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Nigerian Leader, Deputy in Public Feud


A public feud has broken out between the Nigerian president and his deputy as the West African nation braces for crucial elections in 2007. Gilbert da Costa reports from Abuja that the dispute may worsen political tension.

The public disagreement between President Olusegun Obasanjo and Vice President Atiku Abubakar has become the major topic for public discourse. Local newspapers have been running headlines on the verbal exchanges.

Vice President Atiku Abubakar Thursday rejected a call by a spokesman for Mr. Obasanjo to resign following his public denunciation of the president's alleged quest for a third term.

Abubakar, in a strongly worded statement, said the president had violated the spirit of the constitution and should therefore resign.

Maxi Okwu, a lawyer and political analyst in Abuja, says the two leaders have publicly declared their inability to work together as a team. He says the most rational way out will be for the vice president to resign.

"Its a most unfortunate development," he said. "Though for Nigerians it is politically exciting that these two leaders of the country have gone for each others jugular. But looking at it morally and politically, it will appear as if the vice president has, as it were, burnt his boat on the Obasanjo presidency and in a working democracy, in fact reading from what he said, ought to have resigned long ago."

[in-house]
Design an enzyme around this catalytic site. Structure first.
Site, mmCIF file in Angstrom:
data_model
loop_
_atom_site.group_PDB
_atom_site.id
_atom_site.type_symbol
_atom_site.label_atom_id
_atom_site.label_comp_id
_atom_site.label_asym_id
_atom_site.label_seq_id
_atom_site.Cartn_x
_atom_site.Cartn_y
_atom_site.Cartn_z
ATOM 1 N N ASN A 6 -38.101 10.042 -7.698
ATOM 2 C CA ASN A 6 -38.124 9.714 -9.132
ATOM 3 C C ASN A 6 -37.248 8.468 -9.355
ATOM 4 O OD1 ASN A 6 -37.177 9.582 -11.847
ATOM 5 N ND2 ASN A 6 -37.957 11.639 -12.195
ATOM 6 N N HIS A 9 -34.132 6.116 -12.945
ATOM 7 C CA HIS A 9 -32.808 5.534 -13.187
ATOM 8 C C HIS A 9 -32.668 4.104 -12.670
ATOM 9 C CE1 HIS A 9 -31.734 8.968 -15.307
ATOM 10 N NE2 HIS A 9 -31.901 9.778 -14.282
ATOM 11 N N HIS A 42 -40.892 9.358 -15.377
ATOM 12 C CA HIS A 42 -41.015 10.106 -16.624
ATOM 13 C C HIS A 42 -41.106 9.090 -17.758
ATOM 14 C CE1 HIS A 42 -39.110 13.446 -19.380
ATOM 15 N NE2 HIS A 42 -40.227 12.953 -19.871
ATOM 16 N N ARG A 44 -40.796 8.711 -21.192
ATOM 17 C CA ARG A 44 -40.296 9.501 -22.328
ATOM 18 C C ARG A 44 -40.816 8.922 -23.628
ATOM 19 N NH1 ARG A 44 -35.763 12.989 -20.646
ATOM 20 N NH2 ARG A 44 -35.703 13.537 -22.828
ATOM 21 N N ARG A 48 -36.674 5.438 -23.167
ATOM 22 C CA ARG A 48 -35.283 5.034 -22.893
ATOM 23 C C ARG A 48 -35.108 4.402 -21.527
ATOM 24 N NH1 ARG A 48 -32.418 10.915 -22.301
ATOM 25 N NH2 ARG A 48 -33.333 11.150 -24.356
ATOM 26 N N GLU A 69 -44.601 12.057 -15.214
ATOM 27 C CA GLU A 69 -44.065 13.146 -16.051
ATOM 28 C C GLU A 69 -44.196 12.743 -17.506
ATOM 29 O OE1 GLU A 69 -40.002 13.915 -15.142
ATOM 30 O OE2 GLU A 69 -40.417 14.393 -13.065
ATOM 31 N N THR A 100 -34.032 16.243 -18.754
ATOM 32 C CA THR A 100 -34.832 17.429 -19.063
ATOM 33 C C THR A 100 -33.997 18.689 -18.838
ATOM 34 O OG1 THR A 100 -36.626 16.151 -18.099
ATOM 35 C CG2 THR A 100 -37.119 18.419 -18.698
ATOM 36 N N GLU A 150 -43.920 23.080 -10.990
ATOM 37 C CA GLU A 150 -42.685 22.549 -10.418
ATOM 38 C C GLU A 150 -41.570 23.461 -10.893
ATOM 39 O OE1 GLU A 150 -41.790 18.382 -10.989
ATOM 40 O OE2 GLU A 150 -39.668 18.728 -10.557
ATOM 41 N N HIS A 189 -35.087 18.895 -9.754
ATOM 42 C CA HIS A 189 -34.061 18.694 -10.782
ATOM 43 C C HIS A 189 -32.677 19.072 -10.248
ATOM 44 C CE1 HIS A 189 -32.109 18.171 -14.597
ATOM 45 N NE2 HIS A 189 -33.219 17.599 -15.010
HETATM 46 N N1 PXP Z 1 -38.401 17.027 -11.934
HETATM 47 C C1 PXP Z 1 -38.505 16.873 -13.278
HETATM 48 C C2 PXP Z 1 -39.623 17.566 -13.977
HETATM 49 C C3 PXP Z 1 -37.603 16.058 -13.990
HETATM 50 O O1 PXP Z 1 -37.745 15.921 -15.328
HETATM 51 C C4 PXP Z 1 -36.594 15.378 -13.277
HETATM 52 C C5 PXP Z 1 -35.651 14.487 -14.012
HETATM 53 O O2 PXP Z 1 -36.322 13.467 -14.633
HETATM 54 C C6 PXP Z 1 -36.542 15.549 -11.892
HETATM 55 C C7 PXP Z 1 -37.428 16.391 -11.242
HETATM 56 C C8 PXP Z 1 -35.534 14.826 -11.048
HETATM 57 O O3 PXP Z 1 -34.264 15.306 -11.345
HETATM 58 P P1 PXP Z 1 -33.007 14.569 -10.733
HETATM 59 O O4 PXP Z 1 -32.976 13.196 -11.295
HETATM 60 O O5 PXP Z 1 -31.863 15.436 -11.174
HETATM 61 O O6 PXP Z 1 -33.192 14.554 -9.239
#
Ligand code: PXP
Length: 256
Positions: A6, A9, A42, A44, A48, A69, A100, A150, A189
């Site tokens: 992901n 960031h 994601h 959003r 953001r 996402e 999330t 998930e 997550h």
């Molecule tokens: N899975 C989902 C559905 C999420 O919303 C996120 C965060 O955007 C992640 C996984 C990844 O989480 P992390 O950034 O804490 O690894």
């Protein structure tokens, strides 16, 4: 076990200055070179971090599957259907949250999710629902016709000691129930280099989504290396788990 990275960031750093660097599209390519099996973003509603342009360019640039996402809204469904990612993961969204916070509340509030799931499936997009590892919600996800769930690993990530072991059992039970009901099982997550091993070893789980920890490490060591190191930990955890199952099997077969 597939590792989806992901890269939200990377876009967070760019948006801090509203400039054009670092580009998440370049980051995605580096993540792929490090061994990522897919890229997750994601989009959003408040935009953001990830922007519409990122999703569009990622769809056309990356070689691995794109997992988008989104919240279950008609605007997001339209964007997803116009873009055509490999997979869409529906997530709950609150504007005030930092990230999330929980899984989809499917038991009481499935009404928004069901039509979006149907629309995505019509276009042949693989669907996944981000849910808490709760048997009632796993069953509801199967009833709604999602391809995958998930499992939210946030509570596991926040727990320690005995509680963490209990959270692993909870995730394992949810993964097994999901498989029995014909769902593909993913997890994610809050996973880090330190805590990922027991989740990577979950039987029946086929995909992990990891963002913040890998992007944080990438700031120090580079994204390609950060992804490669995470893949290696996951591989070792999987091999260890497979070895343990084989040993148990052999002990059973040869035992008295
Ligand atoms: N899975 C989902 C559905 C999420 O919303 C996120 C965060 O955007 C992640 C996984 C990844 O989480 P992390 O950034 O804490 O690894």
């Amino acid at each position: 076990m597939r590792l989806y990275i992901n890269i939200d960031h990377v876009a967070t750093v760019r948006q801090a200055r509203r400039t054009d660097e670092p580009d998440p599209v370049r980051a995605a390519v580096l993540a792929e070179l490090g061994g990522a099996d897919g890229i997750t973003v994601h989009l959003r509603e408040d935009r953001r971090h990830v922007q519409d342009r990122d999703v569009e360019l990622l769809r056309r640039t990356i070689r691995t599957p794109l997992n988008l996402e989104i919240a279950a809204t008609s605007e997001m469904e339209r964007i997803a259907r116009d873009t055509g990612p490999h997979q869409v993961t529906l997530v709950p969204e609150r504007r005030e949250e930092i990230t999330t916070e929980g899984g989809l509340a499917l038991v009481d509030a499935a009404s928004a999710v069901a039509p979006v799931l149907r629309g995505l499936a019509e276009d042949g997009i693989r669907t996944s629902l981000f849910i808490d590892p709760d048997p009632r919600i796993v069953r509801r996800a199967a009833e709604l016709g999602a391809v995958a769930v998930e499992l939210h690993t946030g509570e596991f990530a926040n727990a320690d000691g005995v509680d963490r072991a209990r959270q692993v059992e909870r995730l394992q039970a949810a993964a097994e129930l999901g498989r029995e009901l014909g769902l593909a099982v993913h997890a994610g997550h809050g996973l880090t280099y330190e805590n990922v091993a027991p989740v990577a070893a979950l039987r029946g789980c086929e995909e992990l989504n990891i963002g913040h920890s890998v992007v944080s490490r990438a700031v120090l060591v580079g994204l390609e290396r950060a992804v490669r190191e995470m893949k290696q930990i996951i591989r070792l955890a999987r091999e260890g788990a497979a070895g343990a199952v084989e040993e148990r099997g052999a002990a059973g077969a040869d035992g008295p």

Vice President Abubakar has his eyes firmly set on contesting for the presidency in 2007 and appears ready for a showdown with the president.

Mr. Obasanjo has not publicly declared his intention to run for a third term but observers say he is intent on staying on beyond 2007.

The police had broken up meetings called by Obasanjo's opponents in recent weeks. Okwu says the president is likely to adopt repressive methods in the next couple of months, to achieve his political ambition.

"If the amendment as proposed sails through and the president has an opportunity to have another crack, he has to go repressive because he is quite unpopular," he said. "He's quite unpopular and he has to really employ a lot of repressive methods to ram his position through."

The constitution prevents Mr. Obasanjo from seeking a third term but his supporters have launched a massive campaign for changes, to allow him to run for a third term.

Local and international analysts have warned that a third term for Mr. Obasanjo could push Nigeria further into violence.

About 20,000 people have been killed through violence in the West African nation since 1999, when Mr. Obasanjo was inaugurated.